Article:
Displaying the intruders

The new TAS600 family of systems consists of a processor box and two patented antennas. The TAS units are compatible with all common MFDs and electronic flight information systems (EFISs), as well as popular electronic HSI (horizontal situation indicator) displays and with Garmin's very popular GNS 430- and 530-series GPS/nav/com units. The AOPA sweepstakes Rockwell Commander 112A has a Ryan 9900BX, which displays alerts on both the forward-looking primary flight display and the overhead view of the navigation display of the Chelton Synthetic Vision EFIS.

The TAS600 family of systems can be installed in a variety of ways: as an audio-only system, or with an Avidyne display/controller; or with an Avidyne multihazard display; or interfaced with a multifunction display or EFIS. The audio-only system issues APA warnings for TA aircraft. The audio warnings are augmented with a panel-mounted "traffic warning" light.

The display/controller option — sometimes referred to as the "digital display" — is one step up from the audio-only system. The panel unit measures 3.26 inches wide by 1.5 inches high, so it takes up very little panel space, and is most often purchased by owners who don't have an MFD. An additional feature of the digital display is an altitude alerter. Although this display option does not have a screen to display OT and PA symbols, it provides "look for" guidance by displaying the whereabouts of PA and TA intruders in relative altitude, range in nautical miles, and general bearing. There is a set of symbols depicting whether the intruder aircraft is in a climb, descent, or level flight path relative to the host aircraft. If the PA gets close enough to become a TA, an additional symbol is displayed along with an APA. There's also the provision to install a separate TA light if desired.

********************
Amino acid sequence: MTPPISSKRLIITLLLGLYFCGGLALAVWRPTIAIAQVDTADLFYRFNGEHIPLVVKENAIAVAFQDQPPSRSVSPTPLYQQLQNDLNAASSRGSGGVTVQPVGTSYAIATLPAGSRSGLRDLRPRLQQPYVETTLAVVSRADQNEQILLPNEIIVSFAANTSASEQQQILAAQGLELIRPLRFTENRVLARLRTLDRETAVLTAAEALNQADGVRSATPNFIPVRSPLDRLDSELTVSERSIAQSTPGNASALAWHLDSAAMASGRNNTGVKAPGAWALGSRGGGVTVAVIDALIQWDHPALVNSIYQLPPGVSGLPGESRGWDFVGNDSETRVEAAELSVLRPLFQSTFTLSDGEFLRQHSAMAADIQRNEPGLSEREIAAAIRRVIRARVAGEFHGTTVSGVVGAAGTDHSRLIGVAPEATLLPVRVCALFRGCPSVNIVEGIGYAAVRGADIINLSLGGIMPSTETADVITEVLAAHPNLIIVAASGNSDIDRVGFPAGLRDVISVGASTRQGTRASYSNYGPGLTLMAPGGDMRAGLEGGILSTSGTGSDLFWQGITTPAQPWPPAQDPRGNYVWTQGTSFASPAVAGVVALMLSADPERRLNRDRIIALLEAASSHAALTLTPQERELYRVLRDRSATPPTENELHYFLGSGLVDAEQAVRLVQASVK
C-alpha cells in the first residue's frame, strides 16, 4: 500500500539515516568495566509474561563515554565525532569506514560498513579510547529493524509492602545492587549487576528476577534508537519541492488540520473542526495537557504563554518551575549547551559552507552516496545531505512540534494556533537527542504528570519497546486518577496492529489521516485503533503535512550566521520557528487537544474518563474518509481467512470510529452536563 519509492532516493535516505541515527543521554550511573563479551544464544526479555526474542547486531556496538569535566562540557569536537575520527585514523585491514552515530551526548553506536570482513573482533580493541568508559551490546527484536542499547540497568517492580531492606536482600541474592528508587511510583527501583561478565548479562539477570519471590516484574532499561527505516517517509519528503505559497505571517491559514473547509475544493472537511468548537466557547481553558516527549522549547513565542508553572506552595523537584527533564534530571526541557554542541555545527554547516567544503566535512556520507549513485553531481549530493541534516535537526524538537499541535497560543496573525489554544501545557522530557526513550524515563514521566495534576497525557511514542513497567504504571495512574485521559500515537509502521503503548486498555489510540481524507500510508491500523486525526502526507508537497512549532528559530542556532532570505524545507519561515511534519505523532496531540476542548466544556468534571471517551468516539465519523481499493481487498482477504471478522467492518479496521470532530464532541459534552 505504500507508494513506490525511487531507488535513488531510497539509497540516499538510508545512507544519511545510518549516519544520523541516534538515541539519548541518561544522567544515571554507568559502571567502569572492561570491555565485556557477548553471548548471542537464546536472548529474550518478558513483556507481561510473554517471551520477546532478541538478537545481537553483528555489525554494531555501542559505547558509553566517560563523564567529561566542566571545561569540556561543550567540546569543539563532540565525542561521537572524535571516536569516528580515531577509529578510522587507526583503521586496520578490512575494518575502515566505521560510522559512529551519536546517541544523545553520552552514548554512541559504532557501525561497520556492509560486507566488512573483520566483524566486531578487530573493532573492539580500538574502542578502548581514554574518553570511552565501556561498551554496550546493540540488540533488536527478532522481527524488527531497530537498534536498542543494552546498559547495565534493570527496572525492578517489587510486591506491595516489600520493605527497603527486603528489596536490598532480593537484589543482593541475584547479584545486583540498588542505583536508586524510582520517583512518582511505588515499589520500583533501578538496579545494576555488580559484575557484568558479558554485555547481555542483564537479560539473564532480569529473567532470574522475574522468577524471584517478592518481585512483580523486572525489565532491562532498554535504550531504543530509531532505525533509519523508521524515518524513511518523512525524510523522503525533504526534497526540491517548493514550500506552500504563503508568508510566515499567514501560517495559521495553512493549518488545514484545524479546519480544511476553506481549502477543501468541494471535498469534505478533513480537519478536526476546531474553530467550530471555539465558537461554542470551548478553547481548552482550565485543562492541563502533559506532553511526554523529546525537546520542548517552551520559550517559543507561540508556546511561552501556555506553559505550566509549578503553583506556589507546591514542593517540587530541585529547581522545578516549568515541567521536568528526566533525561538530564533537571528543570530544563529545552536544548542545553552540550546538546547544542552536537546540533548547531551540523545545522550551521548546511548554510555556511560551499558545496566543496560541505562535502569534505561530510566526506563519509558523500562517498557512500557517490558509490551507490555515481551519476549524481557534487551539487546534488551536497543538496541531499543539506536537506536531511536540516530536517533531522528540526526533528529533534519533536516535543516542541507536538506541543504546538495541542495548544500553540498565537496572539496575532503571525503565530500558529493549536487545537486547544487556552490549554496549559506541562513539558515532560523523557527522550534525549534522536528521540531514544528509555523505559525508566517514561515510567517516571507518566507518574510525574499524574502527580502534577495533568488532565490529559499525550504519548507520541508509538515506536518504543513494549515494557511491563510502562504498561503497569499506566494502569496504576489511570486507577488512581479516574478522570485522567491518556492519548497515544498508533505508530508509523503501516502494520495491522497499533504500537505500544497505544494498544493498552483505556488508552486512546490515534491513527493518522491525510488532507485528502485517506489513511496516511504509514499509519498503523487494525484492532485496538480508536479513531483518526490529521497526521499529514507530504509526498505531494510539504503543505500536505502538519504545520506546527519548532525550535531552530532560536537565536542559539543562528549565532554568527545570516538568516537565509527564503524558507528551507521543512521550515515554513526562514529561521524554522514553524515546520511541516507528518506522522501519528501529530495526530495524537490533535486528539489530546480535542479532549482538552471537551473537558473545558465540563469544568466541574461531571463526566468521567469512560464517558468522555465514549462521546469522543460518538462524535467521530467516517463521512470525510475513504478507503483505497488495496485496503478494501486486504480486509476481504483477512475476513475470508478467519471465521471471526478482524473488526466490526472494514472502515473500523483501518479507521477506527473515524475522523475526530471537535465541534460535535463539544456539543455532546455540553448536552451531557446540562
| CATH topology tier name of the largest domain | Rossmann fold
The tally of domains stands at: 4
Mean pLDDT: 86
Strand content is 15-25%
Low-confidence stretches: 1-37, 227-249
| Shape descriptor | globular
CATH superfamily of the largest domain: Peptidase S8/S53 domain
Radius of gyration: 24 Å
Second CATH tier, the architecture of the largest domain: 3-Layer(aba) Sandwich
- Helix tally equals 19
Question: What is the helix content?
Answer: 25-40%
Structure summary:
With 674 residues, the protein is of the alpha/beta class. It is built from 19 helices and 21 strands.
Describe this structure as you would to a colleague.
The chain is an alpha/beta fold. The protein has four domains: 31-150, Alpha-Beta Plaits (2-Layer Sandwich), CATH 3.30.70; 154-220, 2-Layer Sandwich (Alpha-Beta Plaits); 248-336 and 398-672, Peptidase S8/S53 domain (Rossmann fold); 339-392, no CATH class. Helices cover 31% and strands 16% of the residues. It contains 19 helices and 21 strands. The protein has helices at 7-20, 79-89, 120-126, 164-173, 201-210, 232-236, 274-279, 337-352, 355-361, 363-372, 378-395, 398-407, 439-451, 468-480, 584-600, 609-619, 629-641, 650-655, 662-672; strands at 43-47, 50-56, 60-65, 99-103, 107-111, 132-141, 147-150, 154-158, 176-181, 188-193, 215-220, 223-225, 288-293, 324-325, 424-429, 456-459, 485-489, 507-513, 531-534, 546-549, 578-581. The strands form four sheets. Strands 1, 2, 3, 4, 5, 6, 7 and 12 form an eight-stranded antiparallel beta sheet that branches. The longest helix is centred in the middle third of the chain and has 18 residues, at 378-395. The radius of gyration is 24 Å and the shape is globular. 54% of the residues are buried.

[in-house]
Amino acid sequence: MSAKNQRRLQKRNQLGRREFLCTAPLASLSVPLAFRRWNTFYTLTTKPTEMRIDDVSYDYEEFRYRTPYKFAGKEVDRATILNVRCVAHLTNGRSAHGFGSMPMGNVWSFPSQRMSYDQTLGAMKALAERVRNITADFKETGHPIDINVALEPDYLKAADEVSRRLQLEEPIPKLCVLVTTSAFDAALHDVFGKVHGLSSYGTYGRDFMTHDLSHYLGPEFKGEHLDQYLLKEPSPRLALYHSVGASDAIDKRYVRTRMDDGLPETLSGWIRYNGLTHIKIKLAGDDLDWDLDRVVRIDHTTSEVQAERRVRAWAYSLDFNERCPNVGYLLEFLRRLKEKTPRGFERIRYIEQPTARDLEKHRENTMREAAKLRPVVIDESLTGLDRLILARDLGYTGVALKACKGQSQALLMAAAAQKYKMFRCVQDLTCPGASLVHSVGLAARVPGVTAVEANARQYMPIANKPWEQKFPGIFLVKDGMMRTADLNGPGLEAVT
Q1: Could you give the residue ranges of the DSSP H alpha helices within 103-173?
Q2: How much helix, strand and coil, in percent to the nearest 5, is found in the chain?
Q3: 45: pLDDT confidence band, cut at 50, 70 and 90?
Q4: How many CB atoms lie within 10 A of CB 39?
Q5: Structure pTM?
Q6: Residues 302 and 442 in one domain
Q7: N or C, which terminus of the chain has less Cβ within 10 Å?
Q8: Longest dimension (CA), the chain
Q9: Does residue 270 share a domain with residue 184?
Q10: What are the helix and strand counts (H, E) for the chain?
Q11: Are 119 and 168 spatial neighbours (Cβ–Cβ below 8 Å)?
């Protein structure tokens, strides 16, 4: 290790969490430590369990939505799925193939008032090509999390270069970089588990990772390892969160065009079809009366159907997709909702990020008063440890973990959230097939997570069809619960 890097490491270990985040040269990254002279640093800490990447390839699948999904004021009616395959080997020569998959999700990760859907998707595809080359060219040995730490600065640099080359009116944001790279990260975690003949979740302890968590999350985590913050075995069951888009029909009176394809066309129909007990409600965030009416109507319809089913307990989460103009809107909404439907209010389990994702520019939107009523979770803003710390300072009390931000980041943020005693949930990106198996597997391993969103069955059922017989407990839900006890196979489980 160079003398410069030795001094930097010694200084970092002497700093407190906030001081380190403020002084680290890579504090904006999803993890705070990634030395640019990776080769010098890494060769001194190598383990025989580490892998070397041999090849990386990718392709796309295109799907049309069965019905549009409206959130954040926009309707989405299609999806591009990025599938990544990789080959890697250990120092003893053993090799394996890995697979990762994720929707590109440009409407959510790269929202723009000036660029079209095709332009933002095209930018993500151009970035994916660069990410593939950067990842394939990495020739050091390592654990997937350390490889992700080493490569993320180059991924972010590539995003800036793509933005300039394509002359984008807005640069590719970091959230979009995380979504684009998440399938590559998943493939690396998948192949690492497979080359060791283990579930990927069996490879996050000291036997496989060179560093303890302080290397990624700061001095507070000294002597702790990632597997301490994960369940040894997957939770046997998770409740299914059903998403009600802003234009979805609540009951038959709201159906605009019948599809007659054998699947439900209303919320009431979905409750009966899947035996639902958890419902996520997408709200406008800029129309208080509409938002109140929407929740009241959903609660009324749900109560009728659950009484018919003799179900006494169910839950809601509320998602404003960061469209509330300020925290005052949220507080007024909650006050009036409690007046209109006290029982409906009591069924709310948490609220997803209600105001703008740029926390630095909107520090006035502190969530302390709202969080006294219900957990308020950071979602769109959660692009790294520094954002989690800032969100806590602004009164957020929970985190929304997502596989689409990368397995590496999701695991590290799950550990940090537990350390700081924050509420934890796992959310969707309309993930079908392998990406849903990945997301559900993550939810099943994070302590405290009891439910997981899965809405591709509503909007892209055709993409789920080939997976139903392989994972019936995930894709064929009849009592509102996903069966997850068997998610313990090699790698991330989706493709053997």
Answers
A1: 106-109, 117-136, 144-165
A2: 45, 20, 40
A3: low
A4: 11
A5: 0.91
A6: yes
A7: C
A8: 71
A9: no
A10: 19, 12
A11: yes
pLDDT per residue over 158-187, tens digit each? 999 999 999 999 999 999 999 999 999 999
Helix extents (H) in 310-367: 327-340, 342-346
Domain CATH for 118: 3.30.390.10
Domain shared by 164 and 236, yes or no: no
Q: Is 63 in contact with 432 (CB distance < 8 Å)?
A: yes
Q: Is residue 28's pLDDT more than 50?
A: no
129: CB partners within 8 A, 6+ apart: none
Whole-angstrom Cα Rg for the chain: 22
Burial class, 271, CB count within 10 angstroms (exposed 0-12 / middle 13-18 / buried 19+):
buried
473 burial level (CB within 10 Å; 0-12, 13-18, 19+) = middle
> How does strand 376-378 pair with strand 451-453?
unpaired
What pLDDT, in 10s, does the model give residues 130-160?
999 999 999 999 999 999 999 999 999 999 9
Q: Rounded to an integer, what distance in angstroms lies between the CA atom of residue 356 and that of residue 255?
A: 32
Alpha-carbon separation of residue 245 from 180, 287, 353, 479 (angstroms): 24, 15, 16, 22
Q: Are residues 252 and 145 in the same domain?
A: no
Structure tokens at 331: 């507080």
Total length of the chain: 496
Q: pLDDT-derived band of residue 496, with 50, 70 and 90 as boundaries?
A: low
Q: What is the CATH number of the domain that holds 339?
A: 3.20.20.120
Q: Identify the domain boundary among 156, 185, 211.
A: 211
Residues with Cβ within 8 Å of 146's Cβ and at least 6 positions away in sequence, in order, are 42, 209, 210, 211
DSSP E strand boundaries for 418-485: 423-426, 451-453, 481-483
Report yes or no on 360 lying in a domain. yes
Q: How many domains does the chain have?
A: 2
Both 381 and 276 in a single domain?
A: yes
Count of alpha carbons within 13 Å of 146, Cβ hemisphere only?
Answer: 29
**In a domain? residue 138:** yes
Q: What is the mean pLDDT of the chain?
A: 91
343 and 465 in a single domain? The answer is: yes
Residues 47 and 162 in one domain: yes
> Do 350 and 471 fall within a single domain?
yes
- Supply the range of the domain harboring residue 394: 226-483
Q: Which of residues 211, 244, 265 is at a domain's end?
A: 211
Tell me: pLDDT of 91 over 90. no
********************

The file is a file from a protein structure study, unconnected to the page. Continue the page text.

The second Avidyne display option is what the company calls its "multihazard display" (MHD). This display is like a mini MFD in that it is a full-color active-matrix liquid-crystal display, yet it takes no more panel space than a typical analog flight instrument. It also features an altitude alerter with audio annunciations such as, "One thousand feet to go; 500 feet to go; at altitude," and can be integrated with an L-3 Stormscope WX-500.

The TAS boxes have two sensitivity ranges. During normal flight operations the airspace monitored is at system maximum in what Avidyne calls "Sensitivity Level B." When the landing gear is extended, or the GPS switches to Terminal mode, the system automatically switches to Sensitivity Level A. This reduces the time to closest point of approach and the volume of monitored airspace. Other automatic functions inhibit APA advisories when the airplane is on the ground.